Most of the bars and restaurants that I saw seemed to lack the charm, variety and joie-de-vivre of those in Salta. Maybe I just didn't find the good ones, or wasn't out late enough. One exception was a lunchtime only eatery, the Novocento, which was in and above a splendid courtyard inside the Cabildo (right). Good nosh here and very cheery and helpful staff.
There is a large and pleasant park, the Parque Sarmiento (left), which features some modernistic sculptures and shady picturesque spots for picnics, canoodling (many were at it) or just lazing around.
There were also, as always, several statues of Argentinian heroes (right). I failed to make a note of which this one was.

There are many museums and art galleries of course. This one (left), the Palacio Ferrerya, is just outside the park and, according to my guide book, featured some excellent paintings by famous Argentinian artists (name one, I challenge you).......
....could have fooled me! I went in up this magnificent staircase (right) which led to several spacious galleries on the two upper floors in which were many, to my philistine eyes, rather uninspiring exhibits.
The only person I saw in here was a lady at the desk in the foyer.
After breakfast on day three I decided I would explore a bit of the local countryside. Talking of breakfasts, all the hotels that I have stayed in so far  provide pathetic fare at these meals. You seem only to get a cup of tea or coffee, maybe a small glass of orange juice if you're lucky and, here, two sticky dry croissants. Not even any toast and butter and I have yet to experience any hot food or even any eggs. Haven't seen any hens anywhere for that matter. They obviously don't take 'desayuno' very seriously.

So I took the bus to the small town of Alta Gracia in some foothills, an hour's journey to the south-west. It has quite a pretty town centre with a grassy plaza, a reservoir cum lake and a notable 17th century Jesuit church and estancia (left). This was closed to visitors due to renovations, or lack of Jesuits.

Right. The tourist information centre, in the bottom of the tower, by the lake. Two helpful ladies were manning it and I don't think they were overworked.

Alta Gracia is also the place where Ernesto 'Che' Guevara lived during his childhood up until when he went  to medical school in Buenos Aires and then off on his travels . He was born in Buenos Aires but the family moved here, a healthier environment, because he suffered badly from asthma. His family house (left) is now a museum.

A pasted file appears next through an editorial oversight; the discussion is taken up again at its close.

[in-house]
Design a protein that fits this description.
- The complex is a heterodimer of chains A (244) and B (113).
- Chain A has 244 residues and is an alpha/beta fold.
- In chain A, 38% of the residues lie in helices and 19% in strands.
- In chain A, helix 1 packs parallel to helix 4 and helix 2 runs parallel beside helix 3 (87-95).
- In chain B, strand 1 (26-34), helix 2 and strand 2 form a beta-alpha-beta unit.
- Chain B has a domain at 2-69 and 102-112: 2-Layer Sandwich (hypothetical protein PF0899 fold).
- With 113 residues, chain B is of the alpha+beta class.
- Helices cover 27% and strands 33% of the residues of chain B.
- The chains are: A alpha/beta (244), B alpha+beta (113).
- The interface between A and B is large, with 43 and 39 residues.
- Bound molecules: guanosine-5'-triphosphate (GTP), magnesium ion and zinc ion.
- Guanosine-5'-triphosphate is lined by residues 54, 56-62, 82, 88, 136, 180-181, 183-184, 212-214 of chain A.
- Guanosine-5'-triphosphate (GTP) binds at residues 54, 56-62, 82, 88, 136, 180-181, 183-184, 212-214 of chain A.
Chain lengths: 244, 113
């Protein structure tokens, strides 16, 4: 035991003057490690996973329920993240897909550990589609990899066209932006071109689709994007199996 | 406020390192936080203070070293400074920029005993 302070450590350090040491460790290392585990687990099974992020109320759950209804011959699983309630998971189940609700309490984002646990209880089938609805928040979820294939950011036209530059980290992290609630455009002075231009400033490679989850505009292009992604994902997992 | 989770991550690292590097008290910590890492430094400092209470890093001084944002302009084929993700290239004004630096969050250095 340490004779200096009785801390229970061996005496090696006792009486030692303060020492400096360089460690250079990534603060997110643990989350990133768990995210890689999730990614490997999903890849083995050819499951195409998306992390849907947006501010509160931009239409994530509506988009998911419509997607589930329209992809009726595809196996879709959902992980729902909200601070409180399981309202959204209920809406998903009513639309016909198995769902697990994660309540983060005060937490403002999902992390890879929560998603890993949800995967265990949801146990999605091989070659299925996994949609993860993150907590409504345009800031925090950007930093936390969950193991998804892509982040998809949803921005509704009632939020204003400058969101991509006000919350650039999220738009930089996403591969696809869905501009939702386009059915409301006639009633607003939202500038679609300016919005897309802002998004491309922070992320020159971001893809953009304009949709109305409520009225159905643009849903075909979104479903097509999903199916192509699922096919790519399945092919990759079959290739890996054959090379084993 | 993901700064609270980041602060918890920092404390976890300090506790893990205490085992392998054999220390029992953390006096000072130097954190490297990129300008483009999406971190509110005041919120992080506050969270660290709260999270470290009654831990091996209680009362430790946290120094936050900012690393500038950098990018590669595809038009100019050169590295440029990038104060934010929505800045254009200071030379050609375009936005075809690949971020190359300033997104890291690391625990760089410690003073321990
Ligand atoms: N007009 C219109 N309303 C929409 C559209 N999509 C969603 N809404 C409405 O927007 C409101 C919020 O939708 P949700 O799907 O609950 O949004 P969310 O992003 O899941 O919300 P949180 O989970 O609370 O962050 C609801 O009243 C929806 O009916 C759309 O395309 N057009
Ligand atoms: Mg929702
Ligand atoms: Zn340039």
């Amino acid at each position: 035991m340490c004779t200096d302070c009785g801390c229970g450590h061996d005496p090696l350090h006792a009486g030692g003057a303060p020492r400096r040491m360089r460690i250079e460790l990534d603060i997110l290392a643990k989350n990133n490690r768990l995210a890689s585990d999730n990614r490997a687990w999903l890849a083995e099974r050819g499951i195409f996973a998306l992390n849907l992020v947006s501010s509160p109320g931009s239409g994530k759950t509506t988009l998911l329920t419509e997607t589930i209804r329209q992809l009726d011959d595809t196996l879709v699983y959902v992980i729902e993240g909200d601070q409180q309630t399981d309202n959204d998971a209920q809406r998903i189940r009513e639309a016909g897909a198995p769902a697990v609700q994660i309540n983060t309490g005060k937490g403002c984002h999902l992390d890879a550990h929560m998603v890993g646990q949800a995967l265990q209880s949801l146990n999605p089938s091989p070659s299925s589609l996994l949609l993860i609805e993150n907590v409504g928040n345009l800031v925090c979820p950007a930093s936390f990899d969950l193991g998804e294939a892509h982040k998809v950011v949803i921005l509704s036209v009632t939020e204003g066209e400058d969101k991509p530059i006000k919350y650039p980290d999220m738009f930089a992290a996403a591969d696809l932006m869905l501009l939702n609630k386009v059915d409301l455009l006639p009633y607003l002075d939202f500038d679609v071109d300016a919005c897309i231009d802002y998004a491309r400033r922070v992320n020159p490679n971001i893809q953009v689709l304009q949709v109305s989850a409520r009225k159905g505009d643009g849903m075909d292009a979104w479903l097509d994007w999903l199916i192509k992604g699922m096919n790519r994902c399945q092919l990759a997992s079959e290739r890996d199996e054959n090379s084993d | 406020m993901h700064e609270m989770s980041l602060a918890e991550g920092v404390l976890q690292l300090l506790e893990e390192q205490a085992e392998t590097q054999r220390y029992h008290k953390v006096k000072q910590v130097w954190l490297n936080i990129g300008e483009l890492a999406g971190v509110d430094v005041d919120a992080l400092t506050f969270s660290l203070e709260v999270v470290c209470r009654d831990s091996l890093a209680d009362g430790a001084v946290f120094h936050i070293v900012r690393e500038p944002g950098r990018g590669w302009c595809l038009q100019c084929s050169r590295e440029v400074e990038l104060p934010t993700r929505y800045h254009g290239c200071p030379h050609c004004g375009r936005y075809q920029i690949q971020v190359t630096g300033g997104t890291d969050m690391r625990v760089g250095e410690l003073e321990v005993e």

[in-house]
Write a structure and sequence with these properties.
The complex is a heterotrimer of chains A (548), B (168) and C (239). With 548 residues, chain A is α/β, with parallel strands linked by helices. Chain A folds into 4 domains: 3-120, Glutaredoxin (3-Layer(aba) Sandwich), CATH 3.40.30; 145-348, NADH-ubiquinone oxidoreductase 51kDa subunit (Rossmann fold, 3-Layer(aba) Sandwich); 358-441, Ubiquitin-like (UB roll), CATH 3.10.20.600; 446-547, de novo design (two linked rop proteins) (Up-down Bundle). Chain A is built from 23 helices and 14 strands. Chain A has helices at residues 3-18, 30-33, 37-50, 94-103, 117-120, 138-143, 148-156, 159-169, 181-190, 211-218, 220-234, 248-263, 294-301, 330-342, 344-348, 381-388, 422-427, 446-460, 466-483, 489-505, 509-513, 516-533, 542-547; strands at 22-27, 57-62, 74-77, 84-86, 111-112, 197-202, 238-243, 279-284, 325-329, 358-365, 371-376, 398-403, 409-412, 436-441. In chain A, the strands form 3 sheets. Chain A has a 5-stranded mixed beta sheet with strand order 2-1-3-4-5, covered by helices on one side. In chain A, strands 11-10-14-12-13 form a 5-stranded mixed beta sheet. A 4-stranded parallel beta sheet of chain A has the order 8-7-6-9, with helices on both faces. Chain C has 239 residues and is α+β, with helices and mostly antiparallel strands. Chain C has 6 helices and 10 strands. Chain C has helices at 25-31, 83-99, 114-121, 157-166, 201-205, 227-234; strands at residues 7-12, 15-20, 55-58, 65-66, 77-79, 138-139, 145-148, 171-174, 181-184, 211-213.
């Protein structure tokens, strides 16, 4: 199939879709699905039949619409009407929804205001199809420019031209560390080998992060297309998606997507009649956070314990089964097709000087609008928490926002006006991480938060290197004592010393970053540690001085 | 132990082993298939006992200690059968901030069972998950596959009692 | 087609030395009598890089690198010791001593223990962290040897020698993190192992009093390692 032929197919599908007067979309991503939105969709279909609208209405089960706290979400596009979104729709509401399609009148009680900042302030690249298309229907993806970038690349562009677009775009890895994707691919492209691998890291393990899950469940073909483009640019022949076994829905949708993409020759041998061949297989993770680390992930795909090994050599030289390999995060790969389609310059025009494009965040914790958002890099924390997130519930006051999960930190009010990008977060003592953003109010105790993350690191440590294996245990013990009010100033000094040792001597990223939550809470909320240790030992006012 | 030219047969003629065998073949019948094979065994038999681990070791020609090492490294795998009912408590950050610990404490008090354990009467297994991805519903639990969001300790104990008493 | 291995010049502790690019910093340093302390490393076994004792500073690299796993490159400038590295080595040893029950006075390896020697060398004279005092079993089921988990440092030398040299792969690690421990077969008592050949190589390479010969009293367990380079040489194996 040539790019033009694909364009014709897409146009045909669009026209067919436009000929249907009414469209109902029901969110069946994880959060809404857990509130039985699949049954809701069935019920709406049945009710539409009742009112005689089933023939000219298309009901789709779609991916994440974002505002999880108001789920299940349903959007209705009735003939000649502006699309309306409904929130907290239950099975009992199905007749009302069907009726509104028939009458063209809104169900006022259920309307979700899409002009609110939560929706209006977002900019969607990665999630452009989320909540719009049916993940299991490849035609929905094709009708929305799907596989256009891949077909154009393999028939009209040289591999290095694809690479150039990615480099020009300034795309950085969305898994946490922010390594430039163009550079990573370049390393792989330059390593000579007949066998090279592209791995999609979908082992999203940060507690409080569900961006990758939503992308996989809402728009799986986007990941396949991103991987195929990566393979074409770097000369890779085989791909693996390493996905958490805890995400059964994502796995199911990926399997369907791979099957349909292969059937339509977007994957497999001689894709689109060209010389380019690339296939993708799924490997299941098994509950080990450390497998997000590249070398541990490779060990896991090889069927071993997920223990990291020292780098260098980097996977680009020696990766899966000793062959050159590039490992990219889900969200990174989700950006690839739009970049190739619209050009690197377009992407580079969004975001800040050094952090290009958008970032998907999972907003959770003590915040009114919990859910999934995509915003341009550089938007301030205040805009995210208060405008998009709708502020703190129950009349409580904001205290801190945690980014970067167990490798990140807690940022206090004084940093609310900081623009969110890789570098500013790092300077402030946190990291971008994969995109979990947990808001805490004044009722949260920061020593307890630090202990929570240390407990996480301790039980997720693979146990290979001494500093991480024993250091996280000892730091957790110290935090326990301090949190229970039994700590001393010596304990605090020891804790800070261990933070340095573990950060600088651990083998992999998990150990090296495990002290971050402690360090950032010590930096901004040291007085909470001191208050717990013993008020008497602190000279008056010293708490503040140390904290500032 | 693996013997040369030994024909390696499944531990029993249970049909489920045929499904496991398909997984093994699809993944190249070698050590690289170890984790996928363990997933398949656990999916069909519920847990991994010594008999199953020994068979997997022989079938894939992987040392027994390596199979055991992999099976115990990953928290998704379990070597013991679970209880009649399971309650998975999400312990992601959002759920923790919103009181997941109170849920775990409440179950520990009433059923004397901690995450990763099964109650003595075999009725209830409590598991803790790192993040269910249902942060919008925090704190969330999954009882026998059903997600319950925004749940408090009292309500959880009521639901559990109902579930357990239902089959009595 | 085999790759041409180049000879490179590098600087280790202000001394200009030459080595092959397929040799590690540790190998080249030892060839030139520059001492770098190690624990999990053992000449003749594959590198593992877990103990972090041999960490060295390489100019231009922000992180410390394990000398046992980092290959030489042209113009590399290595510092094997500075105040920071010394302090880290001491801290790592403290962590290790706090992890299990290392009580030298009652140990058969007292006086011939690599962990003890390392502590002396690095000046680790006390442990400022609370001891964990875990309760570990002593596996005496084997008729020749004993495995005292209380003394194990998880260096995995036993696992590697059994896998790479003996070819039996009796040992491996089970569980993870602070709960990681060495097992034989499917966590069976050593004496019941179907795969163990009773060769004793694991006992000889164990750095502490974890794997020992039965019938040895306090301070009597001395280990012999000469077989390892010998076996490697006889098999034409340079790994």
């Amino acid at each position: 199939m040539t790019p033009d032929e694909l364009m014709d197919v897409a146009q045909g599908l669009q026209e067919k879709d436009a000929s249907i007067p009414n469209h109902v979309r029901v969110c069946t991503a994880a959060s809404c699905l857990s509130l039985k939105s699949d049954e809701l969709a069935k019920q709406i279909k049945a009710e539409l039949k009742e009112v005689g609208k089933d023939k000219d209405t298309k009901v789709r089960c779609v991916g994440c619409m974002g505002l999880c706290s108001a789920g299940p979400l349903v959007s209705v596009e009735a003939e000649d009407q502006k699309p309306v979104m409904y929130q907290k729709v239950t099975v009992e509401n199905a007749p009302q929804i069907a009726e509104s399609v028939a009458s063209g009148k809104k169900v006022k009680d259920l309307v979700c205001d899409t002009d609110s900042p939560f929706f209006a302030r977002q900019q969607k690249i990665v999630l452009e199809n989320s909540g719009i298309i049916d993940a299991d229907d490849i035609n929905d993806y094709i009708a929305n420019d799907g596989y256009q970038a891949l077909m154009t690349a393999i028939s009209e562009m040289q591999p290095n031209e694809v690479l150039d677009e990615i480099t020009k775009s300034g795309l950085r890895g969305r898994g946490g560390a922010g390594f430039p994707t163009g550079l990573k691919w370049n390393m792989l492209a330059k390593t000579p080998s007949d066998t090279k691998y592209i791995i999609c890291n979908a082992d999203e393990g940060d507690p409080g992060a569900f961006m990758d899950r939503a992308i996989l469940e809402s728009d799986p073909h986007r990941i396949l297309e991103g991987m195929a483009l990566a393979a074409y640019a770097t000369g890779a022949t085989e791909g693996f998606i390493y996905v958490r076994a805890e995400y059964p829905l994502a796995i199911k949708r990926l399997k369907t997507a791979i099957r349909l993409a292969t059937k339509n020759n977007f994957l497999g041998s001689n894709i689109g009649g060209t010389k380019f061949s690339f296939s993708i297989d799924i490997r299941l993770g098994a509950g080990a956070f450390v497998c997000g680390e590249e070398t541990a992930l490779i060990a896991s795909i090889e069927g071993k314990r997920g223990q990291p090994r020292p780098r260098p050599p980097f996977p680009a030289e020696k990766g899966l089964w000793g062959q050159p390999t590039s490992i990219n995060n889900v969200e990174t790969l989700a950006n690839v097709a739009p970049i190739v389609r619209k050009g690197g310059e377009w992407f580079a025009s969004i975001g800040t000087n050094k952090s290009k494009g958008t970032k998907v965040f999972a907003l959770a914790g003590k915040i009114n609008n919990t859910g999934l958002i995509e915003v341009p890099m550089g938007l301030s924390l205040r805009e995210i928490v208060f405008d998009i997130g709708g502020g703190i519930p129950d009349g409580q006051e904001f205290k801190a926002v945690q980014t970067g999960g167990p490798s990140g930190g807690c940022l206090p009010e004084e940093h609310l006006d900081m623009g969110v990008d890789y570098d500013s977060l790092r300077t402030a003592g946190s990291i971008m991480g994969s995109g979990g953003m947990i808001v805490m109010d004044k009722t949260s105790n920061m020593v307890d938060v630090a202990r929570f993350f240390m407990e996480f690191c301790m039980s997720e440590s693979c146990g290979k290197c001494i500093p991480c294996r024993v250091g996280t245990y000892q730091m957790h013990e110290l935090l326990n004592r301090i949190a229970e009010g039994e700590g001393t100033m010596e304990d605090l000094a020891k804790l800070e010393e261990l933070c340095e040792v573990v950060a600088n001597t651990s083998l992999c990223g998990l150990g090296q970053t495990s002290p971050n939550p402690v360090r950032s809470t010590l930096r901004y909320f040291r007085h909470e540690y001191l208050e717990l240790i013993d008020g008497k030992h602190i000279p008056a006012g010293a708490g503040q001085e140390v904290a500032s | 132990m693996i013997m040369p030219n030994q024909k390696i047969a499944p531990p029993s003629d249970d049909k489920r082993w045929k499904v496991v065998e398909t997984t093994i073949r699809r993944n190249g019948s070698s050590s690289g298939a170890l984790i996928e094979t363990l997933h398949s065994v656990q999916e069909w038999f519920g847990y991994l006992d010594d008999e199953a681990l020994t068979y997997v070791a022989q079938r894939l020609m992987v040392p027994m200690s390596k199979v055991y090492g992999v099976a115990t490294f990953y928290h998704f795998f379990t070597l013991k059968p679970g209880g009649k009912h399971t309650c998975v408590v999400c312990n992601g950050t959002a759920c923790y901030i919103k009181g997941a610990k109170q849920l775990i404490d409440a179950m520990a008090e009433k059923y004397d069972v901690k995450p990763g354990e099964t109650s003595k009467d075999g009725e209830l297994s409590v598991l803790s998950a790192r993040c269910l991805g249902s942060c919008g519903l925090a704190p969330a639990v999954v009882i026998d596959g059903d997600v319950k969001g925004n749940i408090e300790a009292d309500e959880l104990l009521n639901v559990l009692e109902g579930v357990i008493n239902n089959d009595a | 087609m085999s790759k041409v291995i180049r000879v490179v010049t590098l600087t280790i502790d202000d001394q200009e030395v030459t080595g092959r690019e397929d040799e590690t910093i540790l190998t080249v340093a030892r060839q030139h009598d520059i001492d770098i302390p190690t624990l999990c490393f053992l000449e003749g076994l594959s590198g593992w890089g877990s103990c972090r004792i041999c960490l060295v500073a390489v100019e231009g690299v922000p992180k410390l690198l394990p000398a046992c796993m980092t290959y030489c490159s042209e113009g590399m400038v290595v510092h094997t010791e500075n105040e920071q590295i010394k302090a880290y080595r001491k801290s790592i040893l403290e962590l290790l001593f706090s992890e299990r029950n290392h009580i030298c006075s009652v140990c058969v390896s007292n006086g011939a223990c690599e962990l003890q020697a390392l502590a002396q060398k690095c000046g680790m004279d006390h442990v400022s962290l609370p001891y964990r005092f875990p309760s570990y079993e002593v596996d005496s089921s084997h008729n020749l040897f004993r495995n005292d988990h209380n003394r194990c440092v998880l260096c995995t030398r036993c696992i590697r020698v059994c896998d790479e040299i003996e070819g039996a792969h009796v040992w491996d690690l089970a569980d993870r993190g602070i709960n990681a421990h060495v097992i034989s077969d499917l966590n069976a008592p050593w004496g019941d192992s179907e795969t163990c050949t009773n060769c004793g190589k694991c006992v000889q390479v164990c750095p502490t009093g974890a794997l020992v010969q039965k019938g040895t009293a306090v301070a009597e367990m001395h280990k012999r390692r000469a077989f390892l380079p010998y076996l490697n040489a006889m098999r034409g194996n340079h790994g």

Amongst many fairly innocuous exhibits is the motorbike (right) he travelled vast distances on throughout South America.
Photos of Che from his schooldays adorn the walls. He was, by all accounts, a bright and charming young lad, but  still frequently suffered from asthma attacks.

Left: A photo of Che with his second wife and children....after the revolutionary overthrow of President Batista of Cuba by Fidel Castro in 1959.

He was appointed Trade Minister in Castro's government and made frequent visits abroad to speak at conferences. Right: Speaking at some meeting alongside Fidel Casto. He subsequently went on to try to stir up revolutions in the Congo and Bolivia, with little success.
I may be imaging this but, in my opinion, he has a more than passing resemblance to the groom at the wedding we attended in BA.

Left: Fidel and Señor Chavez of Venezuela on a visit to the museum in Alta Gracia in 2006. 
Right: A photo of Che in a more characteristic revolutionary pose. He was wounded and captured in Bolivia by the Bolivian army in 1967 and subsequently executed by a Bolivian police chief while in jail. He would be 86 years old if alive today.

Next stop will be Mendoza, to the south-west near the foothills of the Andes. This as you are no doubt aware is the main wine producing area in the country. I expect I will be visiting a winery or two.